Peregrine Diamonds has announced that the results of an independent diamond valuation for an aggregate 735.75 carat parcel of commercial-size (+1.18 mm square mesh) diamonds recovered from five geological units of the CH-7 kimberlite pipe at the Company's 100% owned Chidliak Diamond Project, Nunavut, Canada yielded a base modelled price of US$114 per carat. The current average price was US$100 per carat, and ranged from US$73 to US$154 per carat across parcels from the five geological units represented. The modelled average price ranged from a low of US$94 per carat to a high of US$155 per carat. The eight highest value diamonds ranged in size from 1.35 carats to 5.33 carats, weighed 21.58 carats in total, and had a current average price valuation of US$1,619 per carat.
The diamond valuation was undertaken in Antwerp, Belgium by WWW International Diamond Consultants ("WWW"), an international diamond valuation and consultancy company. Neil Buxton, responsible for geostatistical modelling at WWW stated "based on our analysis of the parcel, WWW believes that if CH-7 were in production in the current diamond market, it is unlikely that the average price would be lower than the low average modelled price. It is equally important to understand that the high average modelled price does not represent a maximum price and that the ultimate diamond price could be higher than US$155 per carat. These results need to be confirmed with a larger sample." Tom Peregoodoff, Peregrine's President and CEO stated that the results offer, "further confirmation that Chidliak is Canada's highest potential undeveloped diamond resource."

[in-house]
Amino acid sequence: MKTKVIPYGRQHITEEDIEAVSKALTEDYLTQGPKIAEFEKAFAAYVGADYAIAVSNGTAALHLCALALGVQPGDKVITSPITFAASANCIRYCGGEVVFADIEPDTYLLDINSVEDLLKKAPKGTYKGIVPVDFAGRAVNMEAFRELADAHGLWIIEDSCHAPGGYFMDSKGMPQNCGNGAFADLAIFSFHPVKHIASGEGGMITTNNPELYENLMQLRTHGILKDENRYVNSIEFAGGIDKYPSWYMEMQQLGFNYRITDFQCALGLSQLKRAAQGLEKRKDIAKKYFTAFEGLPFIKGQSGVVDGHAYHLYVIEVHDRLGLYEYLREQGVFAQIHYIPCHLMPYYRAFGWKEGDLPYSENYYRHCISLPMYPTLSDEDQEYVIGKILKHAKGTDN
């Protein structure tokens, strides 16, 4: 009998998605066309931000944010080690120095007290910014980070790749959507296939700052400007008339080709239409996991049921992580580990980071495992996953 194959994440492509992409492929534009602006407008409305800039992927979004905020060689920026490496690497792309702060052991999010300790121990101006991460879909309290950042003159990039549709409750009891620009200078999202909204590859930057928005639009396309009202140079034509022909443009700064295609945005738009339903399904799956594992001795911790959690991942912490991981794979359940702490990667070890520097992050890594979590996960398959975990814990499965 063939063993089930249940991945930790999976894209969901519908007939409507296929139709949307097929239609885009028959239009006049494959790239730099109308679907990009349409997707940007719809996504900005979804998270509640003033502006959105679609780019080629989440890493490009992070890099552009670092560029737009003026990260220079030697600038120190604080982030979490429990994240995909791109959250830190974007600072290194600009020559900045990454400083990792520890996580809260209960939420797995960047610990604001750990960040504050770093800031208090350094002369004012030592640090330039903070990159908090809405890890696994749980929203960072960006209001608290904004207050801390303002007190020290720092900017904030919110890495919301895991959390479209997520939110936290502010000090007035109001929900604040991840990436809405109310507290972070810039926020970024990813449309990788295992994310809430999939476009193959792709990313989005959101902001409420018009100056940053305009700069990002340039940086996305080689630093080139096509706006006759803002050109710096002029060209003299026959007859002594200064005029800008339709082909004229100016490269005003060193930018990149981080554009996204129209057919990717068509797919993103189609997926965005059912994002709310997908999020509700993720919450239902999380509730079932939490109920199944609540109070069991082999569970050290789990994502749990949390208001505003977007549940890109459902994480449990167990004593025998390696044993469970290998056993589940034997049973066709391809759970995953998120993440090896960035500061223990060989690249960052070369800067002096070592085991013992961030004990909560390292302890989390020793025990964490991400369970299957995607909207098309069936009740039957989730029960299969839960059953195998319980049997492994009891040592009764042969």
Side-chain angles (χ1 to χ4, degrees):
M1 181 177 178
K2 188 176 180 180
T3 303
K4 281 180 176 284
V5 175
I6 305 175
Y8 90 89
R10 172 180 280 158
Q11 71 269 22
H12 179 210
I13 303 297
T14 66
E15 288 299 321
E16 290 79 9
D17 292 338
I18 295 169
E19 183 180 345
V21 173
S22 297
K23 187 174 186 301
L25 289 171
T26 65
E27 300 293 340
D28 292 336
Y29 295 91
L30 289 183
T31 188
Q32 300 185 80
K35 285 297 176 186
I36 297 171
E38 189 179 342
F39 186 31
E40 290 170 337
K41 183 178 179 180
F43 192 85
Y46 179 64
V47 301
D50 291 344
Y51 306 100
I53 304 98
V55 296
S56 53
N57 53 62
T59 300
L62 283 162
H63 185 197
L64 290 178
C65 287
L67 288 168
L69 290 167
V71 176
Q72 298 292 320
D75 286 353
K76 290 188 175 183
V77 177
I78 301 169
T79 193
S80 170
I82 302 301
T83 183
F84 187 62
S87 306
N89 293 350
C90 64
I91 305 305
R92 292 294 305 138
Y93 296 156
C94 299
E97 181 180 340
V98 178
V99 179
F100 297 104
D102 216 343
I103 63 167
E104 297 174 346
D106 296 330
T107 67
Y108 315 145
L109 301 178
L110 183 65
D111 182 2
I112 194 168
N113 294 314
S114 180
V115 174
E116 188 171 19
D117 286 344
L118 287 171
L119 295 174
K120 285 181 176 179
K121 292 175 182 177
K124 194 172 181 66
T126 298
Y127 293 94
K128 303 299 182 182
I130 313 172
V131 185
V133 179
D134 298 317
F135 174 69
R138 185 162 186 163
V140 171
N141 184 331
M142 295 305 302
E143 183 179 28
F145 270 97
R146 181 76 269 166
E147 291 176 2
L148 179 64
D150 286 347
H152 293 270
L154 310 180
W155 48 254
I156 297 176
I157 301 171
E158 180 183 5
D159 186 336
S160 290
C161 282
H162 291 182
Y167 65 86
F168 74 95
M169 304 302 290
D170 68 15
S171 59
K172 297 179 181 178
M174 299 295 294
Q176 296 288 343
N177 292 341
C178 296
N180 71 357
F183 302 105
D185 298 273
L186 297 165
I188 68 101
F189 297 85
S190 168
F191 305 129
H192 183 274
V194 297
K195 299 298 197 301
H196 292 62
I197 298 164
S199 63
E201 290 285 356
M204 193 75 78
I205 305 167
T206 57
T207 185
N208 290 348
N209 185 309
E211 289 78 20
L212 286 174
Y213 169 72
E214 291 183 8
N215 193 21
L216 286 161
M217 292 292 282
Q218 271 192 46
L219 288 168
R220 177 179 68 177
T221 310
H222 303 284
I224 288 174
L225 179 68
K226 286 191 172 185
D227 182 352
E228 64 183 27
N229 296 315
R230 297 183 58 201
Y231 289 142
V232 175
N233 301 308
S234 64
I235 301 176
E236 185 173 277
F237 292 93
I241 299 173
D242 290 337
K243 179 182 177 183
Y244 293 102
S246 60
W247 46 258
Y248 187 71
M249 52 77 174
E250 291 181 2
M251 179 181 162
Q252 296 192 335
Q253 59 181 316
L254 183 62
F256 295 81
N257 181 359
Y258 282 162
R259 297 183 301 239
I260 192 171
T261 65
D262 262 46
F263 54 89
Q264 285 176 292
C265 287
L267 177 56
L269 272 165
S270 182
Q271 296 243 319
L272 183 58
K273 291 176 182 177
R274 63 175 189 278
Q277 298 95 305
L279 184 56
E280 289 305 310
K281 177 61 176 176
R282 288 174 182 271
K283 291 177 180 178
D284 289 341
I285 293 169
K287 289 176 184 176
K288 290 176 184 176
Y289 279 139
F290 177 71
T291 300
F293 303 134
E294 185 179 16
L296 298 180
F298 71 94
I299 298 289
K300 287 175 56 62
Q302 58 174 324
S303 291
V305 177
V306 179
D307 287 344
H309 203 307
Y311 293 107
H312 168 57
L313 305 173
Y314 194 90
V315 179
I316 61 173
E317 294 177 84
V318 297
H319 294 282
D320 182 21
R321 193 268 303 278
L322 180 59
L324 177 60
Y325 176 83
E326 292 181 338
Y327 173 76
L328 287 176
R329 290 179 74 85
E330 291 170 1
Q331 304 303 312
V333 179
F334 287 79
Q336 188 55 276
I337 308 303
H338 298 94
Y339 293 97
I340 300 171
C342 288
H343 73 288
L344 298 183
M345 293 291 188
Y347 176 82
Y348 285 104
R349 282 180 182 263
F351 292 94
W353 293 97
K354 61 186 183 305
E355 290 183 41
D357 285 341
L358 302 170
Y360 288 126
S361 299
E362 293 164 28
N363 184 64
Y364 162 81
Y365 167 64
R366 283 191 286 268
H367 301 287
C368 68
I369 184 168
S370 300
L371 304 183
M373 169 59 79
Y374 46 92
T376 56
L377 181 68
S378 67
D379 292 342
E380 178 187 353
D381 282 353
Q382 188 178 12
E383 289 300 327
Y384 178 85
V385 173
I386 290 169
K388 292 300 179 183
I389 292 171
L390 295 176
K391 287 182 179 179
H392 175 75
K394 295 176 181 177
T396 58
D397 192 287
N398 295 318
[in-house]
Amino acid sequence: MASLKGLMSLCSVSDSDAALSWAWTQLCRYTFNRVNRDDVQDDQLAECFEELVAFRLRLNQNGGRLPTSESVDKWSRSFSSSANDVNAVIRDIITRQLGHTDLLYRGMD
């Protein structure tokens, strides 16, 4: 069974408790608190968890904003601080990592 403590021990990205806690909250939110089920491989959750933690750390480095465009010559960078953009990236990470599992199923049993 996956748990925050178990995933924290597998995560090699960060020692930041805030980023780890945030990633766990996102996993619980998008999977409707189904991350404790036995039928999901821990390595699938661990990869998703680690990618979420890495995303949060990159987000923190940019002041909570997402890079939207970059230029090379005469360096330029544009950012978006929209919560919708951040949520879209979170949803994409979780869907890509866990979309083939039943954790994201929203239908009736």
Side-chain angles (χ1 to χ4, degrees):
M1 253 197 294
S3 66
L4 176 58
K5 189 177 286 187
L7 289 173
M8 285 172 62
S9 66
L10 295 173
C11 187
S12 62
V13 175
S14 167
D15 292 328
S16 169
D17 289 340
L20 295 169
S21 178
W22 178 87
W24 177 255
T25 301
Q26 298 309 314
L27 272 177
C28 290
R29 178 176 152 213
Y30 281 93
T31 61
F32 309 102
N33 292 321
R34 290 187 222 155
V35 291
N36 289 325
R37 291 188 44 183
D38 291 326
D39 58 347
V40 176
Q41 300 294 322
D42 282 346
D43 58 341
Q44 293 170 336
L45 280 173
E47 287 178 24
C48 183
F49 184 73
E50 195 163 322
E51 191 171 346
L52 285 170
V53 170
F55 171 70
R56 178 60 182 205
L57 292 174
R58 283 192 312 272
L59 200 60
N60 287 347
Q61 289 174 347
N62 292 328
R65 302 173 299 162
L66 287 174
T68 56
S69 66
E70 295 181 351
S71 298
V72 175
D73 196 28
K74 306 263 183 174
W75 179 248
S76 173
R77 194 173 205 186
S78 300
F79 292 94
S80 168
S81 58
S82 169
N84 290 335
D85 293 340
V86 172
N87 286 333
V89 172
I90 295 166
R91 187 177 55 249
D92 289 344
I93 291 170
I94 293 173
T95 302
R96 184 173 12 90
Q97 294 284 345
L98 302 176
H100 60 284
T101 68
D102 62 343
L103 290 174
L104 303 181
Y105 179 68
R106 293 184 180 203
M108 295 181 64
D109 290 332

WWW further stated that "The overall parcel valued by WWW presented well in terms of quality, colour and shape. Around 25-30 percent of the diamonds were classified as white gem goods which attract the highest prices. There was very little boart present and brown diamonds made up only 25-30 percent of the parcel. Fluorescence is another issue which can affect value, particularly that of the gem white goods. WWW therefore tested several gem, white goods across various sizes from the parcel and although some light fluorescence was present, very few stones showed strong fluorescence".